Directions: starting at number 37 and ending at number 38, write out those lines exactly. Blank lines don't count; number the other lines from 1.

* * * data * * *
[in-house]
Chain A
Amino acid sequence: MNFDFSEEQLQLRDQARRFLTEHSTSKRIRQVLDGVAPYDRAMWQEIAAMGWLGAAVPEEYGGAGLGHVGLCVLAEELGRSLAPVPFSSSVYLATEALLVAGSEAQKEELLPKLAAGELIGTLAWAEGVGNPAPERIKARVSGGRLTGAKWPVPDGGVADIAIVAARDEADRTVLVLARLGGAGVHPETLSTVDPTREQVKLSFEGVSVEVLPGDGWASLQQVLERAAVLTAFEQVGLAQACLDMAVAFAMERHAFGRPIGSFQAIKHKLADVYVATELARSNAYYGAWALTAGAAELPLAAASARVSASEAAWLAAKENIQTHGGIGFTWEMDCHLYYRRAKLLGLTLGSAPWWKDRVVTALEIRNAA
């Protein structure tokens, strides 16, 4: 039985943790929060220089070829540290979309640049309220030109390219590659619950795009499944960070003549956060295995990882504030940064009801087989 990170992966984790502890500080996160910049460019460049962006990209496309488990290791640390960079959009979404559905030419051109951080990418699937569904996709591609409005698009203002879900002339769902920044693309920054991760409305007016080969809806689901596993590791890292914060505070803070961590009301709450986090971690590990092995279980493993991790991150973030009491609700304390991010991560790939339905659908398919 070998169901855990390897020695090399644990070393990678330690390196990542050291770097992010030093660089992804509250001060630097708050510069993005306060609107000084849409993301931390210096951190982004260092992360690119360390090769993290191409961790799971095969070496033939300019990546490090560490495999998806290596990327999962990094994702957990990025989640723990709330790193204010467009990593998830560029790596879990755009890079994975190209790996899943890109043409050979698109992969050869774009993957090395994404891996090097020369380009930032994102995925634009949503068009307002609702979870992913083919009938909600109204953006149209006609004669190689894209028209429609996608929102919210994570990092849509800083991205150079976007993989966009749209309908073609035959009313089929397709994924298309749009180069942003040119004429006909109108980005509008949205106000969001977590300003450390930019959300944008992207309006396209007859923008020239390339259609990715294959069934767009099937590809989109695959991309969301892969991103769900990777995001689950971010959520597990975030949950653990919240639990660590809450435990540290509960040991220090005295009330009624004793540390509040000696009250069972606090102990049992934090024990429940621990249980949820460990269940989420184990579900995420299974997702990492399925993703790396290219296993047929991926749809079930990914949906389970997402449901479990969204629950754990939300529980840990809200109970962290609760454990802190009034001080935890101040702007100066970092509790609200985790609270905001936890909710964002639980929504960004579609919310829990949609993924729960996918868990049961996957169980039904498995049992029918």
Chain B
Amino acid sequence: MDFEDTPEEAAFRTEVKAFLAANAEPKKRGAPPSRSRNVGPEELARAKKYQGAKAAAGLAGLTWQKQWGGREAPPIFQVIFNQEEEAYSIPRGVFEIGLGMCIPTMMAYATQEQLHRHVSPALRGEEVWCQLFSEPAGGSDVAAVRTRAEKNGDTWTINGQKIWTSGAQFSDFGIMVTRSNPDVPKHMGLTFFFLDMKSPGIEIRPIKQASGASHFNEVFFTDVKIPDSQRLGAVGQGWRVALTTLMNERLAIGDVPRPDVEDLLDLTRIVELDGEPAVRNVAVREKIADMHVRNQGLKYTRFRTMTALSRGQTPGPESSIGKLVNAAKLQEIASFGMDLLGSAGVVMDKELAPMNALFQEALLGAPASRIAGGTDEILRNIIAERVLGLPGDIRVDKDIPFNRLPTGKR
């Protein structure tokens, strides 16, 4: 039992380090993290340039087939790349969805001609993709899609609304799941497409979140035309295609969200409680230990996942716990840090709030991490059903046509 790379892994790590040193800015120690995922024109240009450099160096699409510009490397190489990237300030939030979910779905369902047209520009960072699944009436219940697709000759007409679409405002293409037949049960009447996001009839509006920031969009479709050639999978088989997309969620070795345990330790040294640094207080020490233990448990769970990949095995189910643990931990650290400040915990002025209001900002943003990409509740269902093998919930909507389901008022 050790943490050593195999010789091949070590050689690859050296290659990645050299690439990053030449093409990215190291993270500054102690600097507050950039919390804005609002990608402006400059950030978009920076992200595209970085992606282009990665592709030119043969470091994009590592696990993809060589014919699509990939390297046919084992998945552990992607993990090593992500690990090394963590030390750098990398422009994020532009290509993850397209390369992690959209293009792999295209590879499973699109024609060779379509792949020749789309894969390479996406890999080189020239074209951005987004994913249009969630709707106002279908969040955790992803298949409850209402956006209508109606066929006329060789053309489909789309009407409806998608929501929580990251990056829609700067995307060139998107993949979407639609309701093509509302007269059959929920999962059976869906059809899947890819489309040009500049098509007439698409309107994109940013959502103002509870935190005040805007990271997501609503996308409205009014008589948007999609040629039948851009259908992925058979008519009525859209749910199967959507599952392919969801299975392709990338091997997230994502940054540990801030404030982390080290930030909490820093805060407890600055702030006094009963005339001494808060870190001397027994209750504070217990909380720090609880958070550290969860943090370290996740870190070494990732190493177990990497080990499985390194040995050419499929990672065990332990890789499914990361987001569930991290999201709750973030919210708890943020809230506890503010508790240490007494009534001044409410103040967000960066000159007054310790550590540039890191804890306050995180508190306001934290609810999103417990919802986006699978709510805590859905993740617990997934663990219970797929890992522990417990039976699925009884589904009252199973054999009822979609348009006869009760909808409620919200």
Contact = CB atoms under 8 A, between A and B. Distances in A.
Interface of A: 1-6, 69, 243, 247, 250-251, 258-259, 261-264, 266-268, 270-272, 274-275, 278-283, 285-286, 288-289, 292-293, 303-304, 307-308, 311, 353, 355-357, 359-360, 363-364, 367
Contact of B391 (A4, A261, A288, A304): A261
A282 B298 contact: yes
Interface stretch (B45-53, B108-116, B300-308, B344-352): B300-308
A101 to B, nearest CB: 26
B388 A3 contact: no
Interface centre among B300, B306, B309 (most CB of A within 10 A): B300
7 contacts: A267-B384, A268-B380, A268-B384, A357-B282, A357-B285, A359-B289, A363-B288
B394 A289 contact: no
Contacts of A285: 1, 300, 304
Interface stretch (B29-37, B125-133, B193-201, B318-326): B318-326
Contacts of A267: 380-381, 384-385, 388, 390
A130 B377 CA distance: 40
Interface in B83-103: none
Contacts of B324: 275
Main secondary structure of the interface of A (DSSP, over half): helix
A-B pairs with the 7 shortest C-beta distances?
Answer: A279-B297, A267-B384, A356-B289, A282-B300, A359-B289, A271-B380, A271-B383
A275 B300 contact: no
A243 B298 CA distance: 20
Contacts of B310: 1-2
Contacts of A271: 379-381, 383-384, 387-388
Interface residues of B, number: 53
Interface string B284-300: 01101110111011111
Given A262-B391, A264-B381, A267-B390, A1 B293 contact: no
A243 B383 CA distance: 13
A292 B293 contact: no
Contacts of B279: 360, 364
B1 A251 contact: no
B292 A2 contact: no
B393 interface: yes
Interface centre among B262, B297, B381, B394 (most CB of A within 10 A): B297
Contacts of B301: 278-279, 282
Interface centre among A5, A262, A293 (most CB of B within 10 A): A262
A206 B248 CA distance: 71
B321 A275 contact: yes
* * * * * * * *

B1 A251 contact: no
B292 A2 contact: no